The National Party has unveiled a $31 billion plan to "smash" congestion, and to pay for it, road tolls have been proposed and congestion charging is on the cards.
The idea of charging people for travelling at a certain peak times or on particular routes was proposed in the National Party's transport policy discussion document in December under former leader Simon Bridges.
Unveiling the National Party's official transport policy in Auckland on Friday, newly-appointed leader Judith Collins did not rule out introducing congestion charging in the future to pay for the expensive projects proposed.
"Looking further ahead, if we and Auckland Council ever look at congestion charges in the future, my Government will insist they are only ever revenue neutral, with other fuel taxes reduced to compensate," Collins said in her speech.
National is also promising not to increase fuel taxes in its first term and will repeal the Auckland regional fuel tax in its first 100 days in office.
National's transport spokesperson Chris Bishop said congestion charging is "a potential option for the future certainly worth talking about" and highlighted how it's supported by Auckland Mayor Phil Goff and Wellington Mayor Andy Foster.
"Anything we do in that space will involve negotiation with the mayors and the councils and it will have to be revenue neutral for Aucklanders and for regions affected," Bishop said.
The Government was urged in January to consider congestion charging by think-tank, The New Zealand Initiative, which cited success stories in other global cities such as Singapore, London, Dubai and New York.
The think-tank said the first congestion charge introduced in Singapore in 1975 reduced traffic there by 4 percent, while London's scheme in 2003 saw a 16 percent drop.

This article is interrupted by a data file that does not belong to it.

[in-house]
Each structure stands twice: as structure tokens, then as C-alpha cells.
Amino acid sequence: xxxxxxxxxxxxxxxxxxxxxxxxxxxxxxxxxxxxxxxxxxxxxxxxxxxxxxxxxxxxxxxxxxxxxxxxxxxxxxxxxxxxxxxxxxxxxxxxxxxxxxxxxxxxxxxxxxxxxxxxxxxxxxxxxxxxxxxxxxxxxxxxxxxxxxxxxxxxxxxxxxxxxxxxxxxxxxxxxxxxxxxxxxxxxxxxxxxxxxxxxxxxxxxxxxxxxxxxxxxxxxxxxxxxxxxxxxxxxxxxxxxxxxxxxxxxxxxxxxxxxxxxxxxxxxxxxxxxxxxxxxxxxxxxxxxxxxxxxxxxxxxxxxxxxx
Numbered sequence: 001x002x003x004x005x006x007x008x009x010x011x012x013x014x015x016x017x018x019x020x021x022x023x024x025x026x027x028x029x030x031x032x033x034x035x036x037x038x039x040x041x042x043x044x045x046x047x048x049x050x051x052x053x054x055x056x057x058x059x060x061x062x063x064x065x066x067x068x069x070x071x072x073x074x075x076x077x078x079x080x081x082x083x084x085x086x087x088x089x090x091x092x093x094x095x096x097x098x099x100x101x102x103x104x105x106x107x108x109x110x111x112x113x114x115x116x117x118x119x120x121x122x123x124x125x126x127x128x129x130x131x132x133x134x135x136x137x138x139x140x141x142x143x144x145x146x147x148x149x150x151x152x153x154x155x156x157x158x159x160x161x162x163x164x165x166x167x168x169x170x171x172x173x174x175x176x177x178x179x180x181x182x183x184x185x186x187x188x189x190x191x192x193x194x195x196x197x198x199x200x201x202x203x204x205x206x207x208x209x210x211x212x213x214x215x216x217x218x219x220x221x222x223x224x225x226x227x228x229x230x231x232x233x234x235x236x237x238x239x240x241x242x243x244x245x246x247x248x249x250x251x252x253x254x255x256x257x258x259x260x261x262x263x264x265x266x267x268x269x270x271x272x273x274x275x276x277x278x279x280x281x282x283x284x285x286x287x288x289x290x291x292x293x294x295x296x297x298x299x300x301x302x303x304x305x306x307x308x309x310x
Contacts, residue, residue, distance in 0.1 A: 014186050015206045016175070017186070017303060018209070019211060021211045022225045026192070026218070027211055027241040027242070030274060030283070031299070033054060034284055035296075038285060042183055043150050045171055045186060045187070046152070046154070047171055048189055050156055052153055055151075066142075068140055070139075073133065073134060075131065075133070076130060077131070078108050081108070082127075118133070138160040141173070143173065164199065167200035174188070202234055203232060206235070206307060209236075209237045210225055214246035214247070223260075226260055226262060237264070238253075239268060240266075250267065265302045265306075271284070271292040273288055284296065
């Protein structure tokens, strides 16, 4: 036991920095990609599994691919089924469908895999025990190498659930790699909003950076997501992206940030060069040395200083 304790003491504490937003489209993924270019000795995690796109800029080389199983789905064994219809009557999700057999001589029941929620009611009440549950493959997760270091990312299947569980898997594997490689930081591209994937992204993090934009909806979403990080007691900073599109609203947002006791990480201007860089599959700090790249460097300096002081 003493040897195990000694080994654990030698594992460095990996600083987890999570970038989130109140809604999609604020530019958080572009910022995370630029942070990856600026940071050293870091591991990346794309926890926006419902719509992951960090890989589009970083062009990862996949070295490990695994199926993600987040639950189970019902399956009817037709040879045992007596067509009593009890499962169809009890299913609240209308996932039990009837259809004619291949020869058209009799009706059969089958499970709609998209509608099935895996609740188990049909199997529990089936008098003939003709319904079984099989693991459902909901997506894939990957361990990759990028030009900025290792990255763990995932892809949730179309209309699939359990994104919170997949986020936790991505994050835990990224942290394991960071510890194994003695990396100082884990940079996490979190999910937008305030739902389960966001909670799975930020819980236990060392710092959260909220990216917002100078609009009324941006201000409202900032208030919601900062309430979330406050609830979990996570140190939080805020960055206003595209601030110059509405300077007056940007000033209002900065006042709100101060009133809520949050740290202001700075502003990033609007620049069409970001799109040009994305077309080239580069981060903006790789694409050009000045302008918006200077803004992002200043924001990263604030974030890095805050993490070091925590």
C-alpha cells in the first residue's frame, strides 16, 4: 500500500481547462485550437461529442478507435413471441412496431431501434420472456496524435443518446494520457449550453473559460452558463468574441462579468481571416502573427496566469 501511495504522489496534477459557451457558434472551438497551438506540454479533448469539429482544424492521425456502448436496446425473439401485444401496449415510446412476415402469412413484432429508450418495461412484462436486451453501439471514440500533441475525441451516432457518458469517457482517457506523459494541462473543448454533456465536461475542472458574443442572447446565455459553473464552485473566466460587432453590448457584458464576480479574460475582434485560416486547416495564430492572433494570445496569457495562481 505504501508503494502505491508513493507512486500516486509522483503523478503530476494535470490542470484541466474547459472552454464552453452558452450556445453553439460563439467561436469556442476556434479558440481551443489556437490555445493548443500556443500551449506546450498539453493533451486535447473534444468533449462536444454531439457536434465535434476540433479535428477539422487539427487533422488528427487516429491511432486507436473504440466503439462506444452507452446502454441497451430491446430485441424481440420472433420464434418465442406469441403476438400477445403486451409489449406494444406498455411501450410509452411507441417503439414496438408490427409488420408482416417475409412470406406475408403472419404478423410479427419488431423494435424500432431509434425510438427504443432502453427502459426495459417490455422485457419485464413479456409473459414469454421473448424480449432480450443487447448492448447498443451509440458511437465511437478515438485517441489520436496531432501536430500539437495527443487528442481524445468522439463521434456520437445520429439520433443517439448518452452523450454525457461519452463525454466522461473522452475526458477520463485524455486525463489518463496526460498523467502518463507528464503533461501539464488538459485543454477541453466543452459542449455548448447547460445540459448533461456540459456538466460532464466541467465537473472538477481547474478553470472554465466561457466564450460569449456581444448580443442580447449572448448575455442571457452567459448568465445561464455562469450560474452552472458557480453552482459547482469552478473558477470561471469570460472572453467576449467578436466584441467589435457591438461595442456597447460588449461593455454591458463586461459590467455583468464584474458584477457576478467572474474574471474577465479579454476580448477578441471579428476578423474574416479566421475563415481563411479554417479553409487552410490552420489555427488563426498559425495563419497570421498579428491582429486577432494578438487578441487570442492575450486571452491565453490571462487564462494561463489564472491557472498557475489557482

Transport Minister Phil Twyford has pushed back on the idea until there are suitable alternative modes of transport for people to use.
"It wouldn't be fair or effective to use tolls to get people out of their cars until you've got decent choices: better public transport, rapid transit, more walking and cycling infrastructure in our cities," Twyford told Newshub in January.
Are tolls just hidden taxes?
Tolls are something the National Party is eyeing up.
In her speech, Collins said the "limited use" of tolls is necessary for "transformational projects" and only when alternative routes are available, such as the Waiwera route instead of the Northern Gateway's Johnston Hill Tunnels.
"In practice, that means they will apply to only three major tunnelling projects I am announcing today, which will not be complete until the 2030s."
Collins rejected the suggestion that tolls are just a hidden form of taxes.
"There's an alternative in every case. People don't have to use that road - they can use the existing road," she told reporters.
"When I travel down to Ōpōtiki to visit my friends there, I tell you what, I go on the toll road, I happily pay for that toll because it saves me time, it saves me congestion, it saves me money - it's an excellent use of my time and money."
Bishop said he couldn't say at this stage how much the tolls would cost users.
"I can't give you those numbers and I don't think that's reasonable. That will be worked out through the scoping process as all tolling projects are. But we would expect that commercial freight will pay more," he said.
"I've had anecdotally feedback from the freight industry that they'd be prepared to pay a toll to do a tunnel through the Kaimai [Range], for example, because it will massively save time getting to the Port of Tauranga.
"So of course, if it's economically advantageous for them to pay a toll because it cuts half an hour off the journey time from Hamilton to Tauranga for example, that will be a fantastic thing and they will likely pay it.
"But the exact amount will be worked out in due course."